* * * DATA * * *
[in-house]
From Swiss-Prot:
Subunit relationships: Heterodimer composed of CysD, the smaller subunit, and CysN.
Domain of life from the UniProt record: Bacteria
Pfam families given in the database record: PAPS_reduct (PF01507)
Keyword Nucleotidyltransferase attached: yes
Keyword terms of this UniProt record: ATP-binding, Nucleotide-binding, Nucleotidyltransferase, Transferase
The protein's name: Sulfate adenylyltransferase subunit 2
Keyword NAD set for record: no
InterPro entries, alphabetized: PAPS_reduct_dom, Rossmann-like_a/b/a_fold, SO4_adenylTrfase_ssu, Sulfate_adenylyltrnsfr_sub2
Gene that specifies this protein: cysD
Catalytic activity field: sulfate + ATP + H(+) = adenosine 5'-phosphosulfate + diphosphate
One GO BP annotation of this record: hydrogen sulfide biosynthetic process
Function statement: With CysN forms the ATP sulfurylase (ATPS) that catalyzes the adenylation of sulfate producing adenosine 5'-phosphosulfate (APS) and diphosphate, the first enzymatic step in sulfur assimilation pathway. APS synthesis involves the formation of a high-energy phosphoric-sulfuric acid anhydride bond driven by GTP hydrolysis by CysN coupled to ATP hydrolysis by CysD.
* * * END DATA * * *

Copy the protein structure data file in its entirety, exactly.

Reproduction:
[in-house]
From Swiss-Prot:
Subunit relationships: Heterodimer composed of CysD, the smaller subunit, and CysN.
Domain of life from the UniProt record: Bacteria
Pfam families given in the database record: PAPS_reduct (PF01507)
Keyword Nucleotidyltransferase attached: yes
Keyword terms of this UniProt record: ATP-binding, Nucleotide-binding, Nucleotidyltransferase, Transferase
The protein's name: Sulfate adenylyltransferase subunit 2
Keyword NAD set for record: no
InterPro entries, alphabetized: PAPS_reduct_dom, Rossmann-like_a/b/a_fold, SO4_adenylTrfase_ssu, Sulfate_adenylyltrnsfr_sub2
Gene that specifies this protein: cysD
Catalytic activity field: sulfate + ATP + H(+) = adenosine 5'-phosphosulfate + diphosphate
One GO BP annotation of this record: hydrogen sulfide biosynthetic process
Function statement: With CysN forms the ATP sulfurylase (ATPS) that catalyzes the adenylation of sulfate producing adenosine 5'-phosphosulfate (APS) and diphosphate, the first enzymatic step in sulfur assimilation pathway. APS synthesis involves the formation of a high-energy phosphoric-sulfuric acid anhydride bond driven by GTP hydrolysis by CysN coupled to ATP hydrolysis by CysD.